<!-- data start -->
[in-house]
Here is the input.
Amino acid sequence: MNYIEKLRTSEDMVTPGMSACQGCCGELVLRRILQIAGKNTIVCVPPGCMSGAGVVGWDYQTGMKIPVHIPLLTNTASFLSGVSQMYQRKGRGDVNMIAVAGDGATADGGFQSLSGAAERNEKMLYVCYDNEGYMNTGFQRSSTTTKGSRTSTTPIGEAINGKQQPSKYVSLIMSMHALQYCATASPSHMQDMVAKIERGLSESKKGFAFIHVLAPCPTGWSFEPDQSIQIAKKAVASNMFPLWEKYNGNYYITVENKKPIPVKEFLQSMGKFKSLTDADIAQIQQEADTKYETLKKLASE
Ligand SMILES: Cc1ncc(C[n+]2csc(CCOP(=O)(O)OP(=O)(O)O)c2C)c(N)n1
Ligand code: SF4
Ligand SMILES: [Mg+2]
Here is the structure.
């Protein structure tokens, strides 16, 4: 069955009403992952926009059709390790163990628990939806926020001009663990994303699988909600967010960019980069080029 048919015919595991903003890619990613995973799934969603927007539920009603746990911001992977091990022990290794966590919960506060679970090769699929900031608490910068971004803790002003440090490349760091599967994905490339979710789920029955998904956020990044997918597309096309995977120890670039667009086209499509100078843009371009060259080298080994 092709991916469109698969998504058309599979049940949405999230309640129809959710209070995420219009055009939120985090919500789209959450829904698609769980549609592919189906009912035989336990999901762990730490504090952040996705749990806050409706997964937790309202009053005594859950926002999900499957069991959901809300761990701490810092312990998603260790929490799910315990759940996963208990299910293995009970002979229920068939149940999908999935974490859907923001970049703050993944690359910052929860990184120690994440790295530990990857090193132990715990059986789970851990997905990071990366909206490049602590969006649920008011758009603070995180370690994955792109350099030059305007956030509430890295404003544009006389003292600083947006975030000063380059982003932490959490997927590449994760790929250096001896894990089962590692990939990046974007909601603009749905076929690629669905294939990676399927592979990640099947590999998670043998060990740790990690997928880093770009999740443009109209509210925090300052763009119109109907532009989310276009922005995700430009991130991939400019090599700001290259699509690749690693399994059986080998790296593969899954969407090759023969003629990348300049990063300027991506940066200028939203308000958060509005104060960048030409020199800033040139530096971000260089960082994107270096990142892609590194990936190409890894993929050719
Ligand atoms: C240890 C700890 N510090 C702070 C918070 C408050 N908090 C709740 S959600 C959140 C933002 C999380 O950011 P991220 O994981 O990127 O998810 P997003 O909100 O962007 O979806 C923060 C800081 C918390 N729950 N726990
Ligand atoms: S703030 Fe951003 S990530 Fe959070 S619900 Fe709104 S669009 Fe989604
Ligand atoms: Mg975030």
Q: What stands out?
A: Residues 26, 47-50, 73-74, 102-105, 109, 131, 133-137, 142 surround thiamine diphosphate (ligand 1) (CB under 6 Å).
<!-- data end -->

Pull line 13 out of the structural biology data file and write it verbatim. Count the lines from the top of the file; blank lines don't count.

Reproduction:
A: Residues 26, 47-50, 73-74, 102-105, 109, 131, 133-137, 142 surround thiamine diphosphate (ligand 1) (CB under 6 Å).